UPDATED: Oct 1, 2022
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My employer has a point-based system for attendance. It means for an absent day an employee incurs 1 point, 0.5 for half a day arriving late or leaving early, and 0.25 point for less than 2 hours. When I started working two years ago, it went up to 14 points. A year ago, it was reduced to 10 points. It was set up for it to be 1-6 was no action to employees. 7 was a verbal warning. 8 was a written warning. 9 was a final warning. 10 was termination. As of today, it will go down to 7 points instead of 10. Meaning, 1-3 no action to employees; 4 verbal warning; 5 written warning; 6 final warning; 7 is termination. I have currently incured 6.25 points. With the new system that puts me into a final warning. I have not been given it yet but I just want to be prepared and ask if this is legal since an employee gets hired today. They have 10 absences that they could use if needed. What if tomorrow they out of nowhere change it to 2? Shouldn’t it be that if a new attendance policy goes into place, they should start anew with 0 points? It does not seem fair.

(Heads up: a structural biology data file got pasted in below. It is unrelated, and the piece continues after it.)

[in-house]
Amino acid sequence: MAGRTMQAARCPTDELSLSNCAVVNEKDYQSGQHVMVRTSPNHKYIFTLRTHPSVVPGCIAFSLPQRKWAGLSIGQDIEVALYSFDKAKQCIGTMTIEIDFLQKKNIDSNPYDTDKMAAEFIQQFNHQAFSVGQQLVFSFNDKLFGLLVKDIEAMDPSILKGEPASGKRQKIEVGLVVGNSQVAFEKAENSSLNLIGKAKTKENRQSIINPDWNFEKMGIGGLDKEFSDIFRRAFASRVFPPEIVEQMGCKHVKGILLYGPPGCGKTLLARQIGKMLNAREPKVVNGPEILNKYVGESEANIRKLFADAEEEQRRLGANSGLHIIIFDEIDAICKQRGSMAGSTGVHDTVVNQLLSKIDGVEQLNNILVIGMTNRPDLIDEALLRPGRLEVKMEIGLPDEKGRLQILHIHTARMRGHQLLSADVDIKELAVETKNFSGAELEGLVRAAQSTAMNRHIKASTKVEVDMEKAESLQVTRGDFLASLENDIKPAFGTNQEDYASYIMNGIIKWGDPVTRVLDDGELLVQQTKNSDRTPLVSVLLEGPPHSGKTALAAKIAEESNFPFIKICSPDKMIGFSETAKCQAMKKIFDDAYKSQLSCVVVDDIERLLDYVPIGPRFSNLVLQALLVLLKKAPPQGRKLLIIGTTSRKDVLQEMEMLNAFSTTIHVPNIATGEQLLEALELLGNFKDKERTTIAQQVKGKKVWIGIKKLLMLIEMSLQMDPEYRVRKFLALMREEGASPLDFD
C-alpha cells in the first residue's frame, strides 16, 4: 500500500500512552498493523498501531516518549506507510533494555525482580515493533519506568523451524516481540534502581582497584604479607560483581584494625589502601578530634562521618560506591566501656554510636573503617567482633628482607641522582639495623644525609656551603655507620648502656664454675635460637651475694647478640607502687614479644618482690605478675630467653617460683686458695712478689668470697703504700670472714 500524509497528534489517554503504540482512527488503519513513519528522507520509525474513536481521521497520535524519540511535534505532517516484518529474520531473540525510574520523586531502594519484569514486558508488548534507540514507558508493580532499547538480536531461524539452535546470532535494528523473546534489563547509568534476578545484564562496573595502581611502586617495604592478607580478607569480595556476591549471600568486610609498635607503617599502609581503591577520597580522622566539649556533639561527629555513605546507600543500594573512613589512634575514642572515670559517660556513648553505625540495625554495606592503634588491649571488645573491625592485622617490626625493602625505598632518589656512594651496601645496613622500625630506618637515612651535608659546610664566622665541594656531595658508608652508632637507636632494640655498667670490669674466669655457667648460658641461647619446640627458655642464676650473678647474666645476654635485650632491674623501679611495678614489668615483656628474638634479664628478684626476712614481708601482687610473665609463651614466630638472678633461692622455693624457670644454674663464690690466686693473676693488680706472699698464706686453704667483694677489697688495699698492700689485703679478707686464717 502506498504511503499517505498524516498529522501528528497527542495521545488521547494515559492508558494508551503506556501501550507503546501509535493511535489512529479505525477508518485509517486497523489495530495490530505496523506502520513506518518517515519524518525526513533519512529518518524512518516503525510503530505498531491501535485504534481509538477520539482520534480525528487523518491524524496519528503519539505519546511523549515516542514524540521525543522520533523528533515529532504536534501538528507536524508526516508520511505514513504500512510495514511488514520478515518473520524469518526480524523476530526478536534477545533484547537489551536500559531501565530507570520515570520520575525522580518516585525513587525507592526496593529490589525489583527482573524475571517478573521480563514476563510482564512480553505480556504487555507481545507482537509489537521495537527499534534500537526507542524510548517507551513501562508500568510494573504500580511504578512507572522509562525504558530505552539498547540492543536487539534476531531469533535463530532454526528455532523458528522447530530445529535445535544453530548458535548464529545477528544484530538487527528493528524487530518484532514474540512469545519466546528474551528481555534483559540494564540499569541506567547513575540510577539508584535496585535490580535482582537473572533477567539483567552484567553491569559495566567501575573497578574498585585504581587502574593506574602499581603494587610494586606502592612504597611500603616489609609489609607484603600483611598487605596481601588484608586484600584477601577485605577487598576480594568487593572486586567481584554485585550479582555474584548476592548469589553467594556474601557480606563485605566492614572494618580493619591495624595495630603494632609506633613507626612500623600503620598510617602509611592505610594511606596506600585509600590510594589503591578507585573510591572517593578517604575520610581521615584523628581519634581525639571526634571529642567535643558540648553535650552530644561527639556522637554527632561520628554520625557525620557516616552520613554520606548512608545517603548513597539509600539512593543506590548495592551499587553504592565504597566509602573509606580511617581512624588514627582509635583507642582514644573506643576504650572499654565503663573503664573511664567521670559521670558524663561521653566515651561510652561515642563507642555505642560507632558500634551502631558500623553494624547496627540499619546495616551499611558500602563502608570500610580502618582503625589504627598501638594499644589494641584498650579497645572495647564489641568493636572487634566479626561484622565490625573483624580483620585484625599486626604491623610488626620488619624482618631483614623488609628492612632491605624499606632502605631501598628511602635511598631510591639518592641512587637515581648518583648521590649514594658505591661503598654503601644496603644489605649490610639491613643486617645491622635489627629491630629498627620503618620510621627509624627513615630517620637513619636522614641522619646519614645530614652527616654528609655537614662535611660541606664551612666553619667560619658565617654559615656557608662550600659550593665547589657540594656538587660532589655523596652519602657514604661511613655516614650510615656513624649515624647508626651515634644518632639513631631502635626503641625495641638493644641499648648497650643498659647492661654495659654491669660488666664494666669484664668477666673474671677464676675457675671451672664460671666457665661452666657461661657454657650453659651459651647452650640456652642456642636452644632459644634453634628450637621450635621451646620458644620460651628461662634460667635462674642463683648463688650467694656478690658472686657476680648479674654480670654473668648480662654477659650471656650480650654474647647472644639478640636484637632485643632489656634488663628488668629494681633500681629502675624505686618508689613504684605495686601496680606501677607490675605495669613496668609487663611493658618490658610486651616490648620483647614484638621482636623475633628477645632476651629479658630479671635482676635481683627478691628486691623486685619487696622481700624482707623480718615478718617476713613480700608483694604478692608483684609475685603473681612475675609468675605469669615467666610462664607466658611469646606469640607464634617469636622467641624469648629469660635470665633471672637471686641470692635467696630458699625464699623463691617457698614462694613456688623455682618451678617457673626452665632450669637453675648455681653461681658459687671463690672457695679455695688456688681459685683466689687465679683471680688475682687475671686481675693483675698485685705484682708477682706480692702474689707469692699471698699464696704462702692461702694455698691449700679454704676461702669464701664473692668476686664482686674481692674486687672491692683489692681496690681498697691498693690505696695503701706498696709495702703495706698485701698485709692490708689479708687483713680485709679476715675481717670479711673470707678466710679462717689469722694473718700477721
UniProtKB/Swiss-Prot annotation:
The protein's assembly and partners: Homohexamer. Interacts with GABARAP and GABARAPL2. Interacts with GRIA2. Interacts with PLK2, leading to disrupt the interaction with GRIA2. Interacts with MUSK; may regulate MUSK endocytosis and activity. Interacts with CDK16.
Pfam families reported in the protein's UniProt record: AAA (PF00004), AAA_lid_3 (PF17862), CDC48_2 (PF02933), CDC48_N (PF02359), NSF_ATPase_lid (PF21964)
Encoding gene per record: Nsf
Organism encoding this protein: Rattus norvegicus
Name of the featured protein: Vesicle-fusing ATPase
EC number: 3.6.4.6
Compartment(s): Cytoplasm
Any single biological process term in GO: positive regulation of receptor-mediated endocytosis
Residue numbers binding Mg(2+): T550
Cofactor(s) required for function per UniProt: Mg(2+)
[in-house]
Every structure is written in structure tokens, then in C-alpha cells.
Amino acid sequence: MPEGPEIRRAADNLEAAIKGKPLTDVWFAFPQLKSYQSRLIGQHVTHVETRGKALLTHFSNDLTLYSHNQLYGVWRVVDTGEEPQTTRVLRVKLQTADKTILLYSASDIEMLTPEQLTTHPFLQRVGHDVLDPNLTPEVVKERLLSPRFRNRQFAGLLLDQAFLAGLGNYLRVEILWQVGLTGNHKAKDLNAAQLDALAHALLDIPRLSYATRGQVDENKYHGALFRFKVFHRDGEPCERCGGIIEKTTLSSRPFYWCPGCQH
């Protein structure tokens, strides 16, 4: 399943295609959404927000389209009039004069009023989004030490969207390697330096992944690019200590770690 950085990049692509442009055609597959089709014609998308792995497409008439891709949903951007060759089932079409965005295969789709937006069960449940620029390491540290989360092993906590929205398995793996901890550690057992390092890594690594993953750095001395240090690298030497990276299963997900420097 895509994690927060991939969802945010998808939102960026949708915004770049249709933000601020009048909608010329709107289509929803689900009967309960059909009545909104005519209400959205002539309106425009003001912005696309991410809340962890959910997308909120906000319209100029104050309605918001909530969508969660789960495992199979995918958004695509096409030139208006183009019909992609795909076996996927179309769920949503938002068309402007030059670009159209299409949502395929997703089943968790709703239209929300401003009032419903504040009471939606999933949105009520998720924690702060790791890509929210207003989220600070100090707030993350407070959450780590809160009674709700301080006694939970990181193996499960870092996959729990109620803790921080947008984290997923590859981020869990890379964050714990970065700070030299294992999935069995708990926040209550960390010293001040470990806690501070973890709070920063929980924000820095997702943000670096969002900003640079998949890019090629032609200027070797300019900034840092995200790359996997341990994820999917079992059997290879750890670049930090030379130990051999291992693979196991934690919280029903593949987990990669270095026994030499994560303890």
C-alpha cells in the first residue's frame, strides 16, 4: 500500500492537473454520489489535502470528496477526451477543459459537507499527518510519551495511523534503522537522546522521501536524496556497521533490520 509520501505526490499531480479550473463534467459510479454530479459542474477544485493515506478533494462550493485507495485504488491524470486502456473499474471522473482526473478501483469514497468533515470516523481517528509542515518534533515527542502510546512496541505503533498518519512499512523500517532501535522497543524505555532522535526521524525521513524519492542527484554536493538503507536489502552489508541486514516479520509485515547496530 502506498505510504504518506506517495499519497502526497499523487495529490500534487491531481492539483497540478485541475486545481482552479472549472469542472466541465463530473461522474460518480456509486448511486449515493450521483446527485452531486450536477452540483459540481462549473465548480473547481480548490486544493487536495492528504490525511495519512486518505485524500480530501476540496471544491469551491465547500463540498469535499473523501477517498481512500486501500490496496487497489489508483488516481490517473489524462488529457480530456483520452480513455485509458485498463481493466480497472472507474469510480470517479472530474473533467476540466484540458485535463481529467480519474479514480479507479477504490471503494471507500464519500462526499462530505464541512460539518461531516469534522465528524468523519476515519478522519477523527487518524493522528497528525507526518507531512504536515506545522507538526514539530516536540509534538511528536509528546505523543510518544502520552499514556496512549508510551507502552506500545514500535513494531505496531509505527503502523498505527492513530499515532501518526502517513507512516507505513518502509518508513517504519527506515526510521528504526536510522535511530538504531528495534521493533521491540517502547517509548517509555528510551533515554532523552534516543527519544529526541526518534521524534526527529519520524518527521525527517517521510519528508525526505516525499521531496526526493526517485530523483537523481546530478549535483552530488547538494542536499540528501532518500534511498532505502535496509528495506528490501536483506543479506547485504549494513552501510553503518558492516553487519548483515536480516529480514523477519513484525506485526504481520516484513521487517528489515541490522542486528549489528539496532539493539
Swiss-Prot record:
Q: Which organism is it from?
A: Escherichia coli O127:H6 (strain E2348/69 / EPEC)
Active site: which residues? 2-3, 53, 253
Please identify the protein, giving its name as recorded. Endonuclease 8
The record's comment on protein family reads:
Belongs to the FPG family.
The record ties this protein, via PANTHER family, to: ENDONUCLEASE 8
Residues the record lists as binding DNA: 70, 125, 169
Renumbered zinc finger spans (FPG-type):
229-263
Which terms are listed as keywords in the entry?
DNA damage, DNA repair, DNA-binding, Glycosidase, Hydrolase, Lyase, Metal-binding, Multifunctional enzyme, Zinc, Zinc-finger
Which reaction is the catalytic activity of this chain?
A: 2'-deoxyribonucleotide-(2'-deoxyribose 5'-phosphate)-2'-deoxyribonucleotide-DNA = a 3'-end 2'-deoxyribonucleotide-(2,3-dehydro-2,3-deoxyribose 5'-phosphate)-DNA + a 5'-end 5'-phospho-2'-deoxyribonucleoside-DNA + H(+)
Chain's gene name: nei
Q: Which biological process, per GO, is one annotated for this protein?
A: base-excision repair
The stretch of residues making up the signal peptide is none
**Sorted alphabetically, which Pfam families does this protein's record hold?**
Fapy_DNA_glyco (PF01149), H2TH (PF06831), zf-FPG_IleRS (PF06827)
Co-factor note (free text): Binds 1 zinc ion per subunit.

Asked on October 31, 2018 under Employment Labor Law, Arizona
SJZ, Member, New York Bar / FreeAdvice Contributing Attorney
Answered 4 years ago | Contributor
It may not be fair but it is legal. There is NO law on attendence policies; it is up to the employer's free choice or discretion. If you do not have a written employment contract protecting or guarantying your job, you are an "employee at will"; an employee at will may be terminated at any time, for any reason, includng even a single absence. There is thus no protection for you in regards to your attendence--your employer may do whatever it likes, and is NOT obligated to treat employees fairly or equally.
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